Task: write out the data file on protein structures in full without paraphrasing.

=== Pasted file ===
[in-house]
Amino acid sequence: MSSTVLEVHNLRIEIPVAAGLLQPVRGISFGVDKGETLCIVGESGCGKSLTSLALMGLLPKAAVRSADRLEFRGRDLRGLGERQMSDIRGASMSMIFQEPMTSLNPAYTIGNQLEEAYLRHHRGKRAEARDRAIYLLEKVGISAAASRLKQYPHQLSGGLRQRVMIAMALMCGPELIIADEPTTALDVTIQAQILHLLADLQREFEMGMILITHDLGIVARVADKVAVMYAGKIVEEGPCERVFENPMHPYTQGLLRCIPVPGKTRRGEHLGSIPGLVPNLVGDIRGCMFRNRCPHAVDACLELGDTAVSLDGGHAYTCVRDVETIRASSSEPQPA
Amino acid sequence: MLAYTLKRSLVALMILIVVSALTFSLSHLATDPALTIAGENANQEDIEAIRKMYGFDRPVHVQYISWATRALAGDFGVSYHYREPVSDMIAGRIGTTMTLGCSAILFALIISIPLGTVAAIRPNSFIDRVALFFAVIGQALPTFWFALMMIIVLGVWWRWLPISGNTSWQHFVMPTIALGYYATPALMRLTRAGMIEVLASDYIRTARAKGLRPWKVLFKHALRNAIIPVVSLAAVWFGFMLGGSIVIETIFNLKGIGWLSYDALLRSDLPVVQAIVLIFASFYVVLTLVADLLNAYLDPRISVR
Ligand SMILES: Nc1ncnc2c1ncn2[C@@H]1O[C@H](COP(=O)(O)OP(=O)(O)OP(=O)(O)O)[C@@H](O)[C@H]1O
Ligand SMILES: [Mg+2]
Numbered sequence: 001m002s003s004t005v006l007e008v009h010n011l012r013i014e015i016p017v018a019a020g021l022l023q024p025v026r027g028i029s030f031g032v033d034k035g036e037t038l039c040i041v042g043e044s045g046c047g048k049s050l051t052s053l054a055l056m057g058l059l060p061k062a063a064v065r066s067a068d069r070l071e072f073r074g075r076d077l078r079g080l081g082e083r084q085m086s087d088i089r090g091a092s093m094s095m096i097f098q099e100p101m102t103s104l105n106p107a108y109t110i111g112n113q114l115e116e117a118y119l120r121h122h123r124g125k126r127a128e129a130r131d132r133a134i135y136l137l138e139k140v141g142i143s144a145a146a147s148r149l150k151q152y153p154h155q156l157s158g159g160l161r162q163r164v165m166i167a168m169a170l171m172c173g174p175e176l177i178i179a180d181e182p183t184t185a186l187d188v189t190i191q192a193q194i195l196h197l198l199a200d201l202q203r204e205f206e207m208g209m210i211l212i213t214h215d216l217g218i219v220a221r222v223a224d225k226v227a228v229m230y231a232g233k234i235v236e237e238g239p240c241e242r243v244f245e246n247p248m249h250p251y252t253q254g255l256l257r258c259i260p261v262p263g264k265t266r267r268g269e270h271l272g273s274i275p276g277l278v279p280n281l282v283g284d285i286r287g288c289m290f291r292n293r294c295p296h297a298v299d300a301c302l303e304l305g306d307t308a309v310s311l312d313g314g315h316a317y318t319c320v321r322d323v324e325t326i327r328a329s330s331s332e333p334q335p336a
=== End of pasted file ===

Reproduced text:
[in-house]
Amino acid sequence: MSSTVLEVHNLRIEIPVAAGLLQPVRGISFGVDKGETLCIVGESGCGKSLTSLALMGLLPKAAVRSADRLEFRGRDLRGLGERQMSDIRGASMSMIFQEPMTSLNPAYTIGNQLEEAYLRHHRGKRAEARDRAIYLLEKVGISAAASRLKQYPHQLSGGLRQRVMIAMALMCGPELIIADEPTTALDVTIQAQILHLLADLQREFEMGMILITHDLGIVARVADKVAVMYAGKIVEEGPCERVFENPMHPYTQGLLRCIPVPGKTRRGEHLGSIPGLVPNLVGDIRGCMFRNRCPHAVDACLELGDTAVSLDGGHAYTCVRDVETIRASSSEPQPA
Amino acid sequence: MLAYTLKRSLVALMILIVVSALTFSLSHLATDPALTIAGENANQEDIEAIRKMYGFDRPVHVQYISWATRALAGDFGVSYHYREPVSDMIAGRIGTTMTLGCSAILFALIISIPLGTVAAIRPNSFIDRVALFFAVIGQALPTFWFALMMIIVLGVWWRWLPISGNTSWQHFVMPTIALGYYATPALMRLTRAGMIEVLASDYIRTARAKGLRPWKVLFKHALRNAIIPVVSLAAVWFGFMLGGSIVIETIFNLKGIGWLSYDALLRSDLPVVQAIVLIFASFYVVLTLVADLLNAYLDPRISVR
Ligand SMILES: Nc1ncnc2c1ncn2[C@@H]1O[C@H](COP(=O)(O)OP(=O)(O)OP(=O)(O)O)[C@@H](O)[C@H]1O
Ligand SMILES: [Mg+2]
Numbered sequence: 001m002s003s004t005v006l007e008v009h010n011l012r013i014e015i016p017v018a019a020g021l022l023q024p025v026r027g028i029s030f031g032v033d034k035g036e037t038l039c040i041v042g043e044s045g046c047g048k049s050l051t052s053l054a055l056m057g058l059l060p061k062a063a064v065r066s067a068d069r070l071e072f073r074g075r076d077l078r079g080l081g082e083r084q085m086s087d088i089r090g091a092s093m094s095m096i097f098q099e100p101m102t103s104l105n106p107a108y109t110i111g112n113q114l115e116e117a118y119l120r121h122h123r124g125k126r127a128e129a130r131d132r133a134i135y136l137l138e139k140v141g142i143s144a145a146a147s148r149l150k151q152y153p154h155q156l157s158g159g160l161r162q163r164v165m166i167a168m169a170l171m172c173g174p175e176l177i178i179a180d181e182p183t184t185a186l187d188v189t190i191q192a193q194i195l196h197l198l199a200d201l202q203r204e205f206e207m208g209m210i211l212i213t214h215d216l217g218i219v220a221r222v223a224d225k226v227a228v229m230y231a232g233k234i235v236e237e238g239p240c241e242r243v244f245e246n247p248m249h250p251y252t253q254g255l256l257r258c259i260p261v262p263g264k265t266r267r268g269e270h271l272g273s274i275p276g277l278v279p280n281l282v283g284d285i286r287g288c289m290f291r292n293r294c295p296h297a298v299d300a301c302l303e304l305g306d307t308a309v310s311l312d313g314g315h316a317y318t319c320v321r322d323v324e325t326i327r328a329s330s331s332e333p334q335p336a